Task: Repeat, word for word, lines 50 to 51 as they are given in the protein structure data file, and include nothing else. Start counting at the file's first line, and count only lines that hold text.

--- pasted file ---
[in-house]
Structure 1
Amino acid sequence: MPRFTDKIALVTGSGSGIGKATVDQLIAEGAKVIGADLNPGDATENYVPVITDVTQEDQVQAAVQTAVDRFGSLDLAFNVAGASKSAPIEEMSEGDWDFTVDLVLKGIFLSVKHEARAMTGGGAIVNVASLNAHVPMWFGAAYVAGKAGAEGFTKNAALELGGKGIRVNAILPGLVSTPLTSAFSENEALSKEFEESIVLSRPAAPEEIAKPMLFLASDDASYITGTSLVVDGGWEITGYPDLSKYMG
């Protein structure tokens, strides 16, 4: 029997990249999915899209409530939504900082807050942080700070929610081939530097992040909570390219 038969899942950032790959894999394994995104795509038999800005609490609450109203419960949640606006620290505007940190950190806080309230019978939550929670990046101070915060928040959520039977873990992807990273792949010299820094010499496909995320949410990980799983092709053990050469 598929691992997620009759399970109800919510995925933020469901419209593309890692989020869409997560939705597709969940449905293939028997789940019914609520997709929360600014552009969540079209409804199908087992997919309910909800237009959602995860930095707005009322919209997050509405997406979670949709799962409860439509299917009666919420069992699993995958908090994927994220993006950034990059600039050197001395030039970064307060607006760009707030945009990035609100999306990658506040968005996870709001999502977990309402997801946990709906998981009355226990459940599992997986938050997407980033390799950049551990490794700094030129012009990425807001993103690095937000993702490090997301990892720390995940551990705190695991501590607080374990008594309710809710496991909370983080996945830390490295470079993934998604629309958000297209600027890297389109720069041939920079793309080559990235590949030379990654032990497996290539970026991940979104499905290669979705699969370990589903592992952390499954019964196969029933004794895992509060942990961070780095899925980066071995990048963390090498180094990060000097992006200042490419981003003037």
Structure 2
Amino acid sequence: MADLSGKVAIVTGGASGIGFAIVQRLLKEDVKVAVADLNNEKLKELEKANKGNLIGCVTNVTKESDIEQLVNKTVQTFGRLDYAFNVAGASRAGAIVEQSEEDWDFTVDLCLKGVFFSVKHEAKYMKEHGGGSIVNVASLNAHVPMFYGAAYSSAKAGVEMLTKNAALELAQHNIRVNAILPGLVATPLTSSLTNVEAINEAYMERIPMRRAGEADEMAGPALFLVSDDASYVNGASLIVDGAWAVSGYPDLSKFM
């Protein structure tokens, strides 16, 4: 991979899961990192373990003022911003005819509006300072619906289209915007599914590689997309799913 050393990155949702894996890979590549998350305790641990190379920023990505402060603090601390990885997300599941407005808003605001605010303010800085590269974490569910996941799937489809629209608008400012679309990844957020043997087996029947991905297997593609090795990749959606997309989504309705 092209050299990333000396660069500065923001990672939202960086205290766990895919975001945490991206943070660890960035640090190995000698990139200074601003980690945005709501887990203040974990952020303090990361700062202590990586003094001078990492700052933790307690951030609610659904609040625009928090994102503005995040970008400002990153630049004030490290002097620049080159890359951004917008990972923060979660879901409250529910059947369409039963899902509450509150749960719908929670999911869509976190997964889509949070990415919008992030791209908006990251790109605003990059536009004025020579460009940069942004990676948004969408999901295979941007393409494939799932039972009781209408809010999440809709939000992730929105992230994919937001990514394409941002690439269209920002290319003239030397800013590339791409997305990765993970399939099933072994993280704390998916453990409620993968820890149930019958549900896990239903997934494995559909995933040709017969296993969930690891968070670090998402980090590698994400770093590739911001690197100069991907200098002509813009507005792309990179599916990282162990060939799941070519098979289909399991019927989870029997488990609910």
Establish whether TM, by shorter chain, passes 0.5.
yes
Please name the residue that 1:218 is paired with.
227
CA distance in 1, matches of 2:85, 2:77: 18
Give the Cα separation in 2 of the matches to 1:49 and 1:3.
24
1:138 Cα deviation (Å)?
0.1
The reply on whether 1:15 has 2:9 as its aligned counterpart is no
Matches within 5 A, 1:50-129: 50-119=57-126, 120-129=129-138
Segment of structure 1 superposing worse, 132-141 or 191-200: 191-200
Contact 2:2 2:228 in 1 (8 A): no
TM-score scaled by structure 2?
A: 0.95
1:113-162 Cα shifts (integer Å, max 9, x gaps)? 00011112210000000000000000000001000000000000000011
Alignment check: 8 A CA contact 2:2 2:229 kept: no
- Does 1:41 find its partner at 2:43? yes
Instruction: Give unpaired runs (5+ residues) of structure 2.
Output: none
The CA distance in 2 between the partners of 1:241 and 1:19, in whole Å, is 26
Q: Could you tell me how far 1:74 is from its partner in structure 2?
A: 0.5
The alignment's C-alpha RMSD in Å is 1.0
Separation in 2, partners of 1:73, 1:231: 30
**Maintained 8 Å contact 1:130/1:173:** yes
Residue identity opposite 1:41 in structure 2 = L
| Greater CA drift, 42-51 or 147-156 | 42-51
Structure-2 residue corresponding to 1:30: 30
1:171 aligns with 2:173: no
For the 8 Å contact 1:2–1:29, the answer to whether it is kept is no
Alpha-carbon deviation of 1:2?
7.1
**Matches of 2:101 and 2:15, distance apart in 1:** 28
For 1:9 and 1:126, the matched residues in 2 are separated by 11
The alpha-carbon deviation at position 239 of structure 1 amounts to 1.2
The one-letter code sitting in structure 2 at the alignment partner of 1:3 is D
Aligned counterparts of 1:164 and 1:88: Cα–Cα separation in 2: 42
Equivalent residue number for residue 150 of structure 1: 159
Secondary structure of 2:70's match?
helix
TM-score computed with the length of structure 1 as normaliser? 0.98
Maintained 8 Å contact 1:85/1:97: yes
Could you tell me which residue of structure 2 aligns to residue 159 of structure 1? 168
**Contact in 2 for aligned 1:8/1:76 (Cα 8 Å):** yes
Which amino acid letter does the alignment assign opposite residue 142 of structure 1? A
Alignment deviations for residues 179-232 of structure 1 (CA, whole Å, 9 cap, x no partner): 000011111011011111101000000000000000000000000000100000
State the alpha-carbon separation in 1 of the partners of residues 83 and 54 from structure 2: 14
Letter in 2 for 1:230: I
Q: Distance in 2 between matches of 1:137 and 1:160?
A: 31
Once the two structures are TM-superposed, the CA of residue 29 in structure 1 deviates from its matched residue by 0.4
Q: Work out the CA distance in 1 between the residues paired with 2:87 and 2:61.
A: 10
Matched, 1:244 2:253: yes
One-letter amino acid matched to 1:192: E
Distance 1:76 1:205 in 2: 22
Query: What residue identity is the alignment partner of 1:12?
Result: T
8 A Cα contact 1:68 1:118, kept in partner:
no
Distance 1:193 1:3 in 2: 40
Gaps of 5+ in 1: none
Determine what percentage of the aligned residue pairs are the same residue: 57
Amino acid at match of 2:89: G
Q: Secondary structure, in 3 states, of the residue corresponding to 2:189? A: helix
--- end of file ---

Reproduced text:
Maintained 8 Å contact 1:85/1:97: yes
Could you tell me which residue of structure 2 aligns to residue 159 of structure 1? 168